Members of Government and Hispanic Media Owners Discuss Challenges, Opportunities
Friday, September 26, 2008
Posted by: Yisel Cabrera
Congressional Hispanic Leadership Institute
For Immediate Release
September 24, 2008
Contact: Vanessa Bilanceri, 202-244-0121, firstname.lastname@example.org
Attention Given Today to Hispanic Media Owners as Members of Government and Media Owners Discuss Challenges, Opportunities
Access to Capital, Media Consolidation, Availability of Spectrum and Digital Transition Noted as Key Challenges for Hispanic-Owned Media Outlets
WASHINGTON, DC – Today lawmakers from the United States Congress, the Federal Communications Commission and Media Executives, among others, participated in a panel discussion on the challenges and opportunities for Hispanic-owned media outlets. The event, held on Capitol Hill, was hosted by the Congressional Hispanic Leadership Institute (CHLI), a non-profit, non-partisan organization dedicated to increasing and diversifying the dialogue with and about the growing US Hispanic population.
"As the Hispanic market grows, so does the need for more bi-lingual and culturally adept programming for this diverse audience,” said U.S. Representative Lincoln Diaz-Balart (FL-21), Chairman of the Congressional Hispanic Leadership Institute. "Media outlets face many challenges serving the U.S Latino community. Today was a great opportunity for lawmakers and media executives to discuss these challenges, as well as the opportunities for growth, and to open a dialogue on this important issue.”
Given that Hispanics are the nation's second largest demographic group, numbering 45.5 million and growing, media outlets continue to diversify programming in order to focus on this group. Spanish language television has seen double-digit growth in advertising, demonstrating a niche market for media outlets as well as advertisers. According to the U.S. Census, Spanish is the second most spoken language in the United States and used daily by over 35 million or 12.3% of the U.S. population today. This presents enormous opportunities for media outlets, as well as challenges.
The Federal Communications Commission (FCC) also sees the value in diversifying the language and cultural aspects of programming. Kevin J. Martin, Chairman, Federal Communications Commission, addressed the crowd of 50 by expressing his personal desire to allow for multiple broadcast streams. He addressed challenges related to Hispanic media ownership such as access to capital to launch a publication or broadcast station and availability of spectrum to newcomers.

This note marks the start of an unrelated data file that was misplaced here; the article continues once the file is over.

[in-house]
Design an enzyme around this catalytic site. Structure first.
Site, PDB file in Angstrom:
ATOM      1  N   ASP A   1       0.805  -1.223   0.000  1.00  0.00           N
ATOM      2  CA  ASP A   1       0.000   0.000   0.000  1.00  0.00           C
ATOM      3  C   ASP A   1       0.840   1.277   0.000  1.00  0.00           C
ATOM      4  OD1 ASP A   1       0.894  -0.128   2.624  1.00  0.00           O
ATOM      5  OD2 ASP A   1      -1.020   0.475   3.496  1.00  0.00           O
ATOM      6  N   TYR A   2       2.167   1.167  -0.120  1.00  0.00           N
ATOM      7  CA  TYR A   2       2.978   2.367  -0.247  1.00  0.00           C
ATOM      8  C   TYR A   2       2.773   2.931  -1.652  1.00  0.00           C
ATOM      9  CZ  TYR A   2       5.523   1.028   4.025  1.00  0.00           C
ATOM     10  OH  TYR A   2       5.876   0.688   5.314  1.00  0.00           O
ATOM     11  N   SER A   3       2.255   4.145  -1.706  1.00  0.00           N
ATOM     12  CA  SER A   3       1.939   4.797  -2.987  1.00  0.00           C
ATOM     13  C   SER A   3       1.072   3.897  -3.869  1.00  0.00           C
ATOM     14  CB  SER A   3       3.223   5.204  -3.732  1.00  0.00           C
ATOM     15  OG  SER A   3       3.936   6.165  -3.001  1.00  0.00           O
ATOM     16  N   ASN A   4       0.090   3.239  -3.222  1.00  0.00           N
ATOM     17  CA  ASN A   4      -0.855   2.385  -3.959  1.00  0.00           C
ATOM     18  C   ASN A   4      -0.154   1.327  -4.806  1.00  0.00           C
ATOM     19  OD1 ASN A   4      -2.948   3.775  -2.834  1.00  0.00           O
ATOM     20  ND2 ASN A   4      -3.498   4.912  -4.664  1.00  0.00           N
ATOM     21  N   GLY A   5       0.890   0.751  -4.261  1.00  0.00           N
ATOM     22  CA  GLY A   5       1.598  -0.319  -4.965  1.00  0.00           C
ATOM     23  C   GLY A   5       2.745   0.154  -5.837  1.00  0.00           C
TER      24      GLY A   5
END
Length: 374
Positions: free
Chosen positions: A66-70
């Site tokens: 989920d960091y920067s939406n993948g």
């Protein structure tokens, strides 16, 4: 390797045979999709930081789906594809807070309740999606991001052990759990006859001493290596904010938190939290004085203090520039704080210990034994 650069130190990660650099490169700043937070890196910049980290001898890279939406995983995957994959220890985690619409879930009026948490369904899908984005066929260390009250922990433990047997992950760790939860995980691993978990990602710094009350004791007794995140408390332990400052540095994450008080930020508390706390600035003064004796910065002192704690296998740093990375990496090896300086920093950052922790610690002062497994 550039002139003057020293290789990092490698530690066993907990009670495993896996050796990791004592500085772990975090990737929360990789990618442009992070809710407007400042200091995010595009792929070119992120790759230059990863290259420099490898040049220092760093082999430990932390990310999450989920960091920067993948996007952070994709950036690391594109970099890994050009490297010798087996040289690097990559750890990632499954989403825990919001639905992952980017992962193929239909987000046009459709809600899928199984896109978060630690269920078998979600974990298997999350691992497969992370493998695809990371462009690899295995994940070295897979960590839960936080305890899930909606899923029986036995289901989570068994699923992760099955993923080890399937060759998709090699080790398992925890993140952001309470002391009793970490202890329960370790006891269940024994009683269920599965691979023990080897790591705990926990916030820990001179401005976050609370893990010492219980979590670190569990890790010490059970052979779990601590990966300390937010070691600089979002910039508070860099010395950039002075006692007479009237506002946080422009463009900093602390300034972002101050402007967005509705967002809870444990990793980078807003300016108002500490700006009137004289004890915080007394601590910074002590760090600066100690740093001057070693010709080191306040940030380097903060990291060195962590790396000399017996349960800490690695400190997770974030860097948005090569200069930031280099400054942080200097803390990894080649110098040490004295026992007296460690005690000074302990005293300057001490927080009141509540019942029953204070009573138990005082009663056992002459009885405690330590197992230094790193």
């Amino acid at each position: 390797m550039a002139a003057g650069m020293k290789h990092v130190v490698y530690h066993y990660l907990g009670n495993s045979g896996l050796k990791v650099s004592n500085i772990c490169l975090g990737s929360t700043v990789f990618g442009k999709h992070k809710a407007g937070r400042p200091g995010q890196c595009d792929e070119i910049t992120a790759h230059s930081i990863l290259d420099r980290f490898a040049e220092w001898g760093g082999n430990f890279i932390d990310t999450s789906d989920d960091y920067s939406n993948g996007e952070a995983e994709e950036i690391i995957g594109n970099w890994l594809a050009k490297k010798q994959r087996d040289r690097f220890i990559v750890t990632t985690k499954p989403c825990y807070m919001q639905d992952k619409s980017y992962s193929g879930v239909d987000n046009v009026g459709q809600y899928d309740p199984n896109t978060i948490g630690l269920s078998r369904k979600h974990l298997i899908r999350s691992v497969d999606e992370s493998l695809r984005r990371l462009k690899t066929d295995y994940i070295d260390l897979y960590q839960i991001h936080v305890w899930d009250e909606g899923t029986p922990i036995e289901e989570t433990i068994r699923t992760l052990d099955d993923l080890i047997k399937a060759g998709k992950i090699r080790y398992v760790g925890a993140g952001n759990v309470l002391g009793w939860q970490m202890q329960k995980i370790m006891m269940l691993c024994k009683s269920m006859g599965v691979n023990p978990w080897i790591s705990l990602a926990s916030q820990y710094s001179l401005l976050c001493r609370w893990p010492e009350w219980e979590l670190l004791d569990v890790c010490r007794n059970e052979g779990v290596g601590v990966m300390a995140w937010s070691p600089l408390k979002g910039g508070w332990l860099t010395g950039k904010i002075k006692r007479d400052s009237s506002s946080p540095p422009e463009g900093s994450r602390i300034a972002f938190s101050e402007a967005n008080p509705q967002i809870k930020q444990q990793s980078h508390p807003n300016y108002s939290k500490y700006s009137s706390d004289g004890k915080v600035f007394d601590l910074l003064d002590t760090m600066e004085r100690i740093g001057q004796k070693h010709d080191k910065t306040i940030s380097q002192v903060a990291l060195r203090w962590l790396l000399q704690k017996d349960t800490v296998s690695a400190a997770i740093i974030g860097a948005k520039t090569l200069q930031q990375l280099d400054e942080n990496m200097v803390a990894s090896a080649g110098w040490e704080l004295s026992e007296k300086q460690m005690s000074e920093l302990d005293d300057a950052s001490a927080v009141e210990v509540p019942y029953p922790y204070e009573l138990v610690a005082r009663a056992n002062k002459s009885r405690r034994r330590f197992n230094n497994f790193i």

Chairman Martin also acknowledged the difficulty in making all Spanish-dominant communities in the U.S. aware of the government-mandated switch from analog to digital in February 2009. According to the Chairman, this transition will disproportionately affect Spanish-language viewers, since these carriers are mostly analog and provide local programming not on digital cable. Half of all homes in the U.S. that are Spanish speaking will be affected by the digital change. Legislation has been introduced by Senator Kay Bailey Hutchison from Texas to delay the digital transition requirement for border-towns.
Tara Ballesteros, Communications Director for ZGC Communications, said that the company has grown exponentially over the years, but it be would tough now, given all the current challenges with government rules and requirements and finances needed, to successfully enter the market.
Even in the print market, entrepreneurs have faced challenges. Johnny A. Yataco, President, Washington Hispanic, a weekly newspaper in the Washington metro area launched in 1994, says that upgrading technology has been an additional expense, as has the increase in the price of the actual paper. When you reach a more specific group, as opposed to mainstream publications, even small price increases affect the budget.
Other event speakers included Mayela Rosales, Executive Vice President, Azteca America, D'Latinos, and Monica Desai, Chief of Media Bureau, Federal Communications Commission.
Today's discussion was only the beginning. This dialogue will continue as more media outlets reach out to this growing bi-lingual audience and as the broadcast industry approaches the February 17, 2009 transition deadline.
The event today was sponsored by Atria Client Services on behalf of the Congressional Hispanic Leadership Institute.
Speakers' remarks will be posted in the coming days to CHLI's web site.
For more information on this topic or other future events hosted by CHLI, please contact Vanessa Bilanceri at 202-244-0121.
The Congressional Hispanic Leadership Institute is a 501(c)(3) not-for-profit and non-partisan organization dedicated to creating a broader awareness of the diversity of thought, heritage, interests and views of Americans of Hispanic and Portuguese descent. For more information, please visit http://www.chli.org/.